This page deals with the sensitive issue of charities and honesty.
As well as dealing with honesty and dishonesty per se, we've included other (less serious) problems such as inefficiency and the unintentional breaking of rules. In other words, we deal here with anything that hasn't been done 'properly'.
Much of the information below applies equally well to other organisations - in the public sector and the private sector. Things can go wrong in any type of organisation and there's always a need for some ongoing scrutiny.
Charities are unusual in bringing out the best and worst in people :
We aren't intending to put people off charities. Cases of charity fraud are comparatively rare. Nevertheless, it pays to be aware of the problems. For example see the page on scams, cons etc.
Reducing fraud: Thankfully, there are various ways of reducing the chance of fraud, for example :
Alas, a few charities do act improperly and there have been cases of fraud.
If we were dealing with charities in general, we might not devote a whole page to the question of honesty - because fraud (and related problems) aren't common.
However, we deal primarily with 'charitable' clothing collections. This relatively minor aspect of charity fundraising is unique - it's riddled with misleading and/or fraudulent activities. Surveys have shown that up to a half of 'charitable' clothing collections are misleading or bogus. For example see headington.org.uk.
We've split the issue of 'problems with charities' into two categories :
These are individuals or organisations which are not registered as charities. They're potentially bogus, pretending to be charities (or similar good causes). They range from :
With these scams, the proceeds appear to go to a genuine good cause, but most or all of them disappear into the pockets of the people concerned. Often it's criminal deception/fraud, plain-and-simple.
This is a particular problem with clothing collections - some commercial clothing collectors distribute collection leaflets/bags which give the misleading impression that they're helping a charitable cause. Some even use the name of a charity.
By 'genuine' we mean an organisation which has been vetted by the Charity Commission, formally registered by them as a charity, and given a 'registered charity number'.
Thankfully, most registered charities behave properly.
Nevertheless, there have been problems with some registered charities.
We've divided the problems into the following four categories, in increasing order of seriousness :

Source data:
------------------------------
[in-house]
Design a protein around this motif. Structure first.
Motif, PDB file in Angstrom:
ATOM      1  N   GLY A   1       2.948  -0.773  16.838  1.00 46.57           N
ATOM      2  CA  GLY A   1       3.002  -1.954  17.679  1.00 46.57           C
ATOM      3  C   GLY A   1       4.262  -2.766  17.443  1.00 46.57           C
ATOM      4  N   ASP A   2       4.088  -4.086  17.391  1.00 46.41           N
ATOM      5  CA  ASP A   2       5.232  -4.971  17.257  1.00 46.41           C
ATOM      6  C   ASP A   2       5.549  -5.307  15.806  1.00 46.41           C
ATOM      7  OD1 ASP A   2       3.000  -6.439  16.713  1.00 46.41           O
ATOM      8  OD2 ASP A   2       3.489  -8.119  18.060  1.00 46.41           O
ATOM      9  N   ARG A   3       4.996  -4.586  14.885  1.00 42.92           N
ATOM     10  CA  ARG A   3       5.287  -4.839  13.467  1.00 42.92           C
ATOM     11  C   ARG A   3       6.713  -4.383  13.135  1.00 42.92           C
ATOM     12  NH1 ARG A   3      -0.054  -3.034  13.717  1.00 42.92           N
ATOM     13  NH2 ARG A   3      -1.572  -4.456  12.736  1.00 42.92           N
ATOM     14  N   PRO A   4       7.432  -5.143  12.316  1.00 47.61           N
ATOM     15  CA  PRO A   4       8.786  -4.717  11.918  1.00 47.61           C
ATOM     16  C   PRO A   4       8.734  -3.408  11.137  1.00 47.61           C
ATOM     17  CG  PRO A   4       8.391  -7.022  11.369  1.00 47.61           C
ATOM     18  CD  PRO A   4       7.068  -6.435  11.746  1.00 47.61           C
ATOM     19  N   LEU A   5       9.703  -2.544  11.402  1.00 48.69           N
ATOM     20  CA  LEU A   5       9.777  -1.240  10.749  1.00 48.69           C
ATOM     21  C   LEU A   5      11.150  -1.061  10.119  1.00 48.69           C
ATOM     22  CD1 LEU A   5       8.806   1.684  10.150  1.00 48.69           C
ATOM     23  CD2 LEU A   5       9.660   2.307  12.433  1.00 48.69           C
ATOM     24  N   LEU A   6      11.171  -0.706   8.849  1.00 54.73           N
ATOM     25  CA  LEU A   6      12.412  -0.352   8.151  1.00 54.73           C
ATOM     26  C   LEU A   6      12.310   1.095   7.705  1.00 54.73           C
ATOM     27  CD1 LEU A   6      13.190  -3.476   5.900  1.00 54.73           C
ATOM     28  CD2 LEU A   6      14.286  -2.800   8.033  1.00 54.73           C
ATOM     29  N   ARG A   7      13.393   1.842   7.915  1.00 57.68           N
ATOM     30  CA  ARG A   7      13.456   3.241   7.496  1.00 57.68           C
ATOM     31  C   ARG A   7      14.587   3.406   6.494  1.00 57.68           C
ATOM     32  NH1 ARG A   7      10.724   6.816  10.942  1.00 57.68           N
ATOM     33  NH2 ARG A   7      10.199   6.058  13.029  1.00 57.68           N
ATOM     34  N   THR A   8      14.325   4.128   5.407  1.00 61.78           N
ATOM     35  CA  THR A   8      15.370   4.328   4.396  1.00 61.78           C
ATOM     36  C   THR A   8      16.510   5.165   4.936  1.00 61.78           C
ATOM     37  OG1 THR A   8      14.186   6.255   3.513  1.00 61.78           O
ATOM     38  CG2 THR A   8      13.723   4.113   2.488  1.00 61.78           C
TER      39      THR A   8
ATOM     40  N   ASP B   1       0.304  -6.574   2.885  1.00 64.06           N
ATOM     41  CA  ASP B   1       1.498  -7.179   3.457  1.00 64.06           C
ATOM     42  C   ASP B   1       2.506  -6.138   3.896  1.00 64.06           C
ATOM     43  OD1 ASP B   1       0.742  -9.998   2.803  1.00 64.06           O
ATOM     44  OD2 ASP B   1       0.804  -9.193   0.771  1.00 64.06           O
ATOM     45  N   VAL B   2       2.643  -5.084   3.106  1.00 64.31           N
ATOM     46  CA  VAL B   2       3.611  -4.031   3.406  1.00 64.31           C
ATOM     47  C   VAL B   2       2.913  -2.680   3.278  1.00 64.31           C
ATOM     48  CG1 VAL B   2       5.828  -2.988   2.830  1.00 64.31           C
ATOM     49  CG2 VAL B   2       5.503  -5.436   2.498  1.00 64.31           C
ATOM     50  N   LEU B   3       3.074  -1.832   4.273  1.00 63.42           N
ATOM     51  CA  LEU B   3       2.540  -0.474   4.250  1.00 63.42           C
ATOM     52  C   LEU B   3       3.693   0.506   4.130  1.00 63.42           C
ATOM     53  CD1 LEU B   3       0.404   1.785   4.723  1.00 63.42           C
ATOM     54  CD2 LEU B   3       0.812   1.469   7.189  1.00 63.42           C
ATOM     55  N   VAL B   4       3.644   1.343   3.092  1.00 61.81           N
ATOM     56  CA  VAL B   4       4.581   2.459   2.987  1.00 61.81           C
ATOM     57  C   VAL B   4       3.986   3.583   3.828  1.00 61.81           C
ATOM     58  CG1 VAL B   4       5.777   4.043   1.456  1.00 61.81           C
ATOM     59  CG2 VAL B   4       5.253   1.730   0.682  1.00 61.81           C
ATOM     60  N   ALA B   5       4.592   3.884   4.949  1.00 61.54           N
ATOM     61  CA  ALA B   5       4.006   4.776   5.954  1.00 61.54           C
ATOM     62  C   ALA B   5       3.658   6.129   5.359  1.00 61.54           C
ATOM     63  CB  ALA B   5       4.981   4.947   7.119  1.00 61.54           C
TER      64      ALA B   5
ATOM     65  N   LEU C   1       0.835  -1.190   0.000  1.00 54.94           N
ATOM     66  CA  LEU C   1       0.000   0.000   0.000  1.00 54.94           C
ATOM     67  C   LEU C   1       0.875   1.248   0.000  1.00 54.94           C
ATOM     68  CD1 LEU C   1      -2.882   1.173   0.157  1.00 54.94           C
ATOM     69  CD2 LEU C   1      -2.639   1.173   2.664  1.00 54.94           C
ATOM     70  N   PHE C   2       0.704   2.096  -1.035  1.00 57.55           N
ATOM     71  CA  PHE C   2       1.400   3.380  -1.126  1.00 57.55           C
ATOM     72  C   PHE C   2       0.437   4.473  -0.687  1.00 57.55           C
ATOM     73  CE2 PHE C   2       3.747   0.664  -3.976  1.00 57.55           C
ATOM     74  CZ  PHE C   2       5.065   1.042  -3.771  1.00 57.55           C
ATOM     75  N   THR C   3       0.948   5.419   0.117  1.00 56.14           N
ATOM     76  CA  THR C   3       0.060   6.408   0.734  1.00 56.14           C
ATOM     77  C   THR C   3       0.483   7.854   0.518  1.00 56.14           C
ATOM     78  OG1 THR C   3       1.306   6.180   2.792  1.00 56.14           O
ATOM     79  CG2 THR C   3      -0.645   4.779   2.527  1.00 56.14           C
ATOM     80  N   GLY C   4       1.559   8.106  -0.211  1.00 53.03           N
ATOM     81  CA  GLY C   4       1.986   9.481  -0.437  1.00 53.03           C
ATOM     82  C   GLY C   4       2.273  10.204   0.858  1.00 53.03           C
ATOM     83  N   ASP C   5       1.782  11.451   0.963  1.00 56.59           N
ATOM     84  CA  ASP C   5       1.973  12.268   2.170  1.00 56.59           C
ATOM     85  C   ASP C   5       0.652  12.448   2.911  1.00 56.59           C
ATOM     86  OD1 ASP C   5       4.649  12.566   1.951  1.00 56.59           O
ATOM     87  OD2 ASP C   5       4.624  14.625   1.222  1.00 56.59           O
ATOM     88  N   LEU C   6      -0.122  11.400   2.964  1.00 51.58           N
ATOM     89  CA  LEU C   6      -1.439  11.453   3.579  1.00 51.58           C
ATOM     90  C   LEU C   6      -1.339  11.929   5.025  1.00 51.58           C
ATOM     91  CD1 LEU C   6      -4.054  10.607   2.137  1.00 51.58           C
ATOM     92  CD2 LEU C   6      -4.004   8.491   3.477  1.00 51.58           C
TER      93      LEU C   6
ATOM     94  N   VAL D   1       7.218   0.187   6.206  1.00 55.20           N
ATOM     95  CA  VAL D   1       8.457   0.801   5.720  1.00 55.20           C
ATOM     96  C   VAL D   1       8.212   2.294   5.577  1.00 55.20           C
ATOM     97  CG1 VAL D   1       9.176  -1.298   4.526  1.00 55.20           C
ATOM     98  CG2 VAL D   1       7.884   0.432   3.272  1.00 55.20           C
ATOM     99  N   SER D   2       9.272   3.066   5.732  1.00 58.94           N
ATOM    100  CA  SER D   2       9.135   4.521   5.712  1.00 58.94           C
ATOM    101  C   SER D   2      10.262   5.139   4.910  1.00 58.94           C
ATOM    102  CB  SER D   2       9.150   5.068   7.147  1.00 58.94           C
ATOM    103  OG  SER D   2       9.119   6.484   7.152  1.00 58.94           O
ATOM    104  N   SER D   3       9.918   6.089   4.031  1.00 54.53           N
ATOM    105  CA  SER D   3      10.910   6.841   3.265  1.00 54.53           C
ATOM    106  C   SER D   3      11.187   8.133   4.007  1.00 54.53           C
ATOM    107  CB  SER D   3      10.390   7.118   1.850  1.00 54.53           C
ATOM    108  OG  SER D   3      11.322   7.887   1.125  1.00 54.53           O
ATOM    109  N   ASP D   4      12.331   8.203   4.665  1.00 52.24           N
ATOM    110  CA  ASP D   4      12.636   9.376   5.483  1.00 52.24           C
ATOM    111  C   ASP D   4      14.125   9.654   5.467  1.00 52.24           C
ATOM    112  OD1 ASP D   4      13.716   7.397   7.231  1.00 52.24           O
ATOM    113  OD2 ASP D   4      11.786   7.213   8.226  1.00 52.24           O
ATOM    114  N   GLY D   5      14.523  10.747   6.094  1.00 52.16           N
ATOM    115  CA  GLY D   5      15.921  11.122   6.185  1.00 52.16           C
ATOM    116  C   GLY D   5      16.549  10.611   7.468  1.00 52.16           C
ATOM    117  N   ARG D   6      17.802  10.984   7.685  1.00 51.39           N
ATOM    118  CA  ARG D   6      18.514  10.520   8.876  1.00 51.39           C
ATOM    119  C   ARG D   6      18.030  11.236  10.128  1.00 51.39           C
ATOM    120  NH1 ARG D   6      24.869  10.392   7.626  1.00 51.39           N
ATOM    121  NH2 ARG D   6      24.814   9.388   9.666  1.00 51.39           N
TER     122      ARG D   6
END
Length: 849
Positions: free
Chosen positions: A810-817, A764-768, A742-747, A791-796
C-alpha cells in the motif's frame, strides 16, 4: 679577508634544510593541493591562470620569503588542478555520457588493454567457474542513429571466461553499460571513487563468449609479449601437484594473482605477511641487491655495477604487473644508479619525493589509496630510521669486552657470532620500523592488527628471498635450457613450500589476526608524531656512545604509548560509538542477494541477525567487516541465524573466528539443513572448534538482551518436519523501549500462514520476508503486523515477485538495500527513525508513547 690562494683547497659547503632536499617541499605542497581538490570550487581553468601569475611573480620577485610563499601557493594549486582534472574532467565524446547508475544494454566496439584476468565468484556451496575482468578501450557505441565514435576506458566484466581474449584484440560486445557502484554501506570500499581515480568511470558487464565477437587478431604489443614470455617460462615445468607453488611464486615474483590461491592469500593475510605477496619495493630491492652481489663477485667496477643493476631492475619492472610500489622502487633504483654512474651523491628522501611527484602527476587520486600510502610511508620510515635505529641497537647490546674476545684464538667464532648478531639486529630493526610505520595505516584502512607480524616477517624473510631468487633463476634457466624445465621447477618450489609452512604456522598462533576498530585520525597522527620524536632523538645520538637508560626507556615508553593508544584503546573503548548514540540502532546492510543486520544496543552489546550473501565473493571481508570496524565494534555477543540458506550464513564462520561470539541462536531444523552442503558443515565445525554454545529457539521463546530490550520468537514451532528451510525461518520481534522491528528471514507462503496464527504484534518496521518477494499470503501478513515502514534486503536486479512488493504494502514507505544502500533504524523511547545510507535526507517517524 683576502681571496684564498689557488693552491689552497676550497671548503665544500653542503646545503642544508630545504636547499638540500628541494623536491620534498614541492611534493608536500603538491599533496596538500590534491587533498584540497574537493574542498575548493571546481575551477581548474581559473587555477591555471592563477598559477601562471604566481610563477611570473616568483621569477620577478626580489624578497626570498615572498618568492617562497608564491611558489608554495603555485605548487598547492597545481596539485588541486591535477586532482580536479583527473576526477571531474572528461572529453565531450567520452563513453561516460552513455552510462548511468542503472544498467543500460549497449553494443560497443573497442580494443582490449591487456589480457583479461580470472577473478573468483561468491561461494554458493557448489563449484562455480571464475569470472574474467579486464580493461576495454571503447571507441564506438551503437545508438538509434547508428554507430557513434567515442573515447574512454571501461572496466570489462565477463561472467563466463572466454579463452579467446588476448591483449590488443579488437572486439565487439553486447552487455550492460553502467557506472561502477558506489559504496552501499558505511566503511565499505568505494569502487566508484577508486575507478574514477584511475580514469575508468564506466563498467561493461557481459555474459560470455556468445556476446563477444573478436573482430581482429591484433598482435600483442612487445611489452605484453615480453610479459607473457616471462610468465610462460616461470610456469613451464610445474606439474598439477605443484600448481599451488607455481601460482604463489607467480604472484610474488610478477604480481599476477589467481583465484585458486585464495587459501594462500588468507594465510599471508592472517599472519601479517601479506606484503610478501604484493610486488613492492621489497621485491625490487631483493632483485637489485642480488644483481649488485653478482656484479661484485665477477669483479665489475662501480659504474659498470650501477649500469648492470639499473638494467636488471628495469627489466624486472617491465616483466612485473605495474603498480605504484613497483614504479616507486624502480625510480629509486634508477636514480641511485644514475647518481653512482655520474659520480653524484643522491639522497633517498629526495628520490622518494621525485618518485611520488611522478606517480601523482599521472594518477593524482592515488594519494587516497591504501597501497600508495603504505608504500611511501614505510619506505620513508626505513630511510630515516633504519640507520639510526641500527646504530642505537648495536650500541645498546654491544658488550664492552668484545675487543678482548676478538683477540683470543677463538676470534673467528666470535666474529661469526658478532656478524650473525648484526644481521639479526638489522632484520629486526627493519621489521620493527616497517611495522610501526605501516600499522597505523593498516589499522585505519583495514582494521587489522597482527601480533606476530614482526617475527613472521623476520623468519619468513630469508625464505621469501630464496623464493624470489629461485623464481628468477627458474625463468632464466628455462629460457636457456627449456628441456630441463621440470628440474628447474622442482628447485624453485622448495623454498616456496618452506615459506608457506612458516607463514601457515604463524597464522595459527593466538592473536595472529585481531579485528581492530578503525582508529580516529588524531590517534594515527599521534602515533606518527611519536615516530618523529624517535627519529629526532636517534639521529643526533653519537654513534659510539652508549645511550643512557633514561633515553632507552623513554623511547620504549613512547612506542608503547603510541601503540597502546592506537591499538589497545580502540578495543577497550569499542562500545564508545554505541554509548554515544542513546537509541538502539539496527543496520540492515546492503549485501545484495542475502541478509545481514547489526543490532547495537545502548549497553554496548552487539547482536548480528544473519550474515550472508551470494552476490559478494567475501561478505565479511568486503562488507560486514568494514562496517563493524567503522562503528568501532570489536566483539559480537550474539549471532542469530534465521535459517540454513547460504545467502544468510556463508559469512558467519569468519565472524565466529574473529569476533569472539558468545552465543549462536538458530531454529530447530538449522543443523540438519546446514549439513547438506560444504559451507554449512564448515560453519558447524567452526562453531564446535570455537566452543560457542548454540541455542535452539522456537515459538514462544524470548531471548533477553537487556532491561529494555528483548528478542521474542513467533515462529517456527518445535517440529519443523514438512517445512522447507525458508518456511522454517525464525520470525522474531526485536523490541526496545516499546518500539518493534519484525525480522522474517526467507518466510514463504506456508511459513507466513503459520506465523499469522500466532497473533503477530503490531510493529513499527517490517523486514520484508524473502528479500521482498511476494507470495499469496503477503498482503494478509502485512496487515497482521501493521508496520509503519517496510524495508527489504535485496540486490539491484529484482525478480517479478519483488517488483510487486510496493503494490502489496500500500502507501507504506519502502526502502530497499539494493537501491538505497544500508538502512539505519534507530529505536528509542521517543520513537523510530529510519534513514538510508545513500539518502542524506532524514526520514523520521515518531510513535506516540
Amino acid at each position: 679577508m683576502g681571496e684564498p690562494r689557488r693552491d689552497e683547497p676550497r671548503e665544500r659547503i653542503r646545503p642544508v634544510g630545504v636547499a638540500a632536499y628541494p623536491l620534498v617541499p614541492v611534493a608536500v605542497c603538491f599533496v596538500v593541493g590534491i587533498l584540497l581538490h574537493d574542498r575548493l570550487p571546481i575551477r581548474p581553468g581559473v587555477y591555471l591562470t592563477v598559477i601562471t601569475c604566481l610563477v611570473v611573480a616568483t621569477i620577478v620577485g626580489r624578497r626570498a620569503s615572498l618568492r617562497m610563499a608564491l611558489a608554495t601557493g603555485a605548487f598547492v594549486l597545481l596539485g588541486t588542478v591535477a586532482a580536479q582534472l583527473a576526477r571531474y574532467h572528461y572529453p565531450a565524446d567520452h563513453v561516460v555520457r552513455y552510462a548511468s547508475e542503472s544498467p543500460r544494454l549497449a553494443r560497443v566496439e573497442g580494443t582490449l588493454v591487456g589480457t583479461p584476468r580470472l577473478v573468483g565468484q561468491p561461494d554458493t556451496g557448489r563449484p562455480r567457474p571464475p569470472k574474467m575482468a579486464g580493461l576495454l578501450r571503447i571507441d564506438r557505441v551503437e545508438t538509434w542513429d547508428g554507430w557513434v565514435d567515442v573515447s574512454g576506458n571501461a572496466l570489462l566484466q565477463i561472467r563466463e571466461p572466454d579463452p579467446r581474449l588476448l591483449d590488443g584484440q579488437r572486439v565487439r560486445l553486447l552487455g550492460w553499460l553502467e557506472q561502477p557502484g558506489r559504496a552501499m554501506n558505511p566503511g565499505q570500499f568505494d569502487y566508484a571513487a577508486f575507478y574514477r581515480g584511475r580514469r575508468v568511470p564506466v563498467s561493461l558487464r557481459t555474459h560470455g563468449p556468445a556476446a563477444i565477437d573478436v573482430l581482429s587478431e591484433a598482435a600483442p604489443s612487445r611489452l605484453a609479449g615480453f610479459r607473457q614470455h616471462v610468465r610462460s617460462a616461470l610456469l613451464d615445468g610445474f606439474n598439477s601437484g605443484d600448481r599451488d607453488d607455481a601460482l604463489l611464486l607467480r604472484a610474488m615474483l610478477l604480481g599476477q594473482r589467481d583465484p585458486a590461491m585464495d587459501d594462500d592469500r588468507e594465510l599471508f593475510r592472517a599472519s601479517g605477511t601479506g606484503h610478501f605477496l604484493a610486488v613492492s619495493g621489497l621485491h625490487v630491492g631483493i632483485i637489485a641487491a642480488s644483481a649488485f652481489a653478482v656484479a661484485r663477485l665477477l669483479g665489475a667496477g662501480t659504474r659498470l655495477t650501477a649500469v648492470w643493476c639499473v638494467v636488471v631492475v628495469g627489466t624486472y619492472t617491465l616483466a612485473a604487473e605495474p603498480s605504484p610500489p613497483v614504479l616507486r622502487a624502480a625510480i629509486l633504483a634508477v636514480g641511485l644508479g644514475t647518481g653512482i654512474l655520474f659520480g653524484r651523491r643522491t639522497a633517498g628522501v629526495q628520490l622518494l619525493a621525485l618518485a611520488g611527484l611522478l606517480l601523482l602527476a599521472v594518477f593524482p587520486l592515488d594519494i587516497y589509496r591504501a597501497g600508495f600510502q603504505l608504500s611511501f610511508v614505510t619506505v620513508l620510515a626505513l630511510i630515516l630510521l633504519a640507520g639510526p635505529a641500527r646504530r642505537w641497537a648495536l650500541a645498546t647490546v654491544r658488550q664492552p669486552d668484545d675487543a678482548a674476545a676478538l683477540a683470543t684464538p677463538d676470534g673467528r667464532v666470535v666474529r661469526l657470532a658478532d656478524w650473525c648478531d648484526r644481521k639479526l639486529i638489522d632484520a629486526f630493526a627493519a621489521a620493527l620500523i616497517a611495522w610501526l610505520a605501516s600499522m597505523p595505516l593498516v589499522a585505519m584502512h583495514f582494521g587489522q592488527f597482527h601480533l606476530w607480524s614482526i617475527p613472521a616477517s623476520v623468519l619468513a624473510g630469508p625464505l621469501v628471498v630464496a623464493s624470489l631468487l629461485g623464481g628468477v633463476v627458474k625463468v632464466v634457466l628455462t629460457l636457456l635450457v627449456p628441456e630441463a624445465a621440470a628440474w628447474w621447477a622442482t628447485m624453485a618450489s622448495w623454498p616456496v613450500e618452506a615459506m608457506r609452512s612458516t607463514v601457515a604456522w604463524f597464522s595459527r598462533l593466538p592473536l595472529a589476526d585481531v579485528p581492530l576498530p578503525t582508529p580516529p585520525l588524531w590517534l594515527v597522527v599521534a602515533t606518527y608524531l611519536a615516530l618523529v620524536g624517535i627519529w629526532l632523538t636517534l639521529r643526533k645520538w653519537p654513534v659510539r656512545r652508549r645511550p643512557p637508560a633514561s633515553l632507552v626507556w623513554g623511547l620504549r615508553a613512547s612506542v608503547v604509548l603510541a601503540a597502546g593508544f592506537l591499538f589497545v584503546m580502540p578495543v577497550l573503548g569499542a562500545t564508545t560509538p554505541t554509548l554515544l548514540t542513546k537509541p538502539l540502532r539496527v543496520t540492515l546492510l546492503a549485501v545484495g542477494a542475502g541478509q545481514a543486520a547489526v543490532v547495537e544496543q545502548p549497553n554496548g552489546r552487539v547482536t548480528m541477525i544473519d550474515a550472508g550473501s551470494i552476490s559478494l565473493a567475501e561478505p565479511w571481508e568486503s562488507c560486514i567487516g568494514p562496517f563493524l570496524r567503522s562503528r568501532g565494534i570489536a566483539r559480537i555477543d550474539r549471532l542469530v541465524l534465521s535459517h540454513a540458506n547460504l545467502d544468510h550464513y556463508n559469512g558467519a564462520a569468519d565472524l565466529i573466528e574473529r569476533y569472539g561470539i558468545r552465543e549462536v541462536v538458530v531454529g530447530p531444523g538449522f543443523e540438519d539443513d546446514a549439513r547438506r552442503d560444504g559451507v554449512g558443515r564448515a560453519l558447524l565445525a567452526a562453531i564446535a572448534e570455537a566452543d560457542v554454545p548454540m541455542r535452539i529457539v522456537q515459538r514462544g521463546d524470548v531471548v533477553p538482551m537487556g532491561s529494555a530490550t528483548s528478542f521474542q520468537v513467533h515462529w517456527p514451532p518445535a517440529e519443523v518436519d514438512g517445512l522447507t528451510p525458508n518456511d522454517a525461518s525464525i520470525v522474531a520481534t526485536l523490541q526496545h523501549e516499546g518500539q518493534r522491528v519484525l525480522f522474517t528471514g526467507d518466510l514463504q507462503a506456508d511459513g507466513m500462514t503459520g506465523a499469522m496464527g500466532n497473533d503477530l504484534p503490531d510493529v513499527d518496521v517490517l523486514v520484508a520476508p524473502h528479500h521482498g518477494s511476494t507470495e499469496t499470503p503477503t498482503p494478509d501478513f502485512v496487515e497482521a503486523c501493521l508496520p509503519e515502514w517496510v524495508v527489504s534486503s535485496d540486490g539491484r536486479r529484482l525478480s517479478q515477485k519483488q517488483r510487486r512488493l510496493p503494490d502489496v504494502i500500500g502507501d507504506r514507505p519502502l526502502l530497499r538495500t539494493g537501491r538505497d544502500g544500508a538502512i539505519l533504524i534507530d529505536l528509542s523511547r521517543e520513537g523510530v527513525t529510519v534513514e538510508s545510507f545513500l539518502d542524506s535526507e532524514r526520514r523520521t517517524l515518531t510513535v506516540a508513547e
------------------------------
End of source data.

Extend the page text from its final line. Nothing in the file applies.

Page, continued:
It can be crucial to understand the differences between the four categories of "problems" outlined in the bullets above.
The following is an example of this. A small registered charity had an informal arrangement with a self-employed commercial clothing collector. Under this arrangement, the collector used the charity's name, logo etc on his leaflets, and in return he undertook to donate an agreed sum to them every month. However, the clothes were being collected without a licence - a criminal offence.
The Charity Commission investigated and came to two conclusions :
After this, the charity maintained that they had "done nothing wrong" and had been "cleared" by the Charity Commission. The charity said that the investigation had been unnecessary and a waste of time. In this case it all depends on the semantics of what you mean by "doing something wrong". The charity had broken the law in several ways, albeit unintentionally. Sadly, in the end it emerged that, although the collector had been using the charity's name for several months, he never paid any money to the charity.
There are various safeguards built into charity law designed to reduce or eliminate fraud - eg rules on trustees, conflict of interest, the keeping of accounts and annual auditing.
Furthermore, the Charity Commission has compiled codes of practice to encourage integrity. For instance one simple recommendation they make is that charities should try to ensure that at least two people are present whenever incoming post is opened (bearing in mind that envelopes sometimes contain cash donations).
The Charity Commission has strong powers to deal with any improper behaviour by a charity. Sometimes the Commission intervenes pro-actively. On other occasions they act because of concerns brought to their attention by third parties, such as other regulators, the media or members of the public. The Commission then conducts an inquiry and produces a report. The charity may be cleared of any wrongdoing, or may be advised/instructed to take certain actions. In extreme cases, the assets of a charity can be frozen and the charity can even be wound up. This happened with the charity called "Humana".
You can check whether a charity is genuine by looking it up on the Charity Commission website (or by telephoning the Commission).
See also the following pages :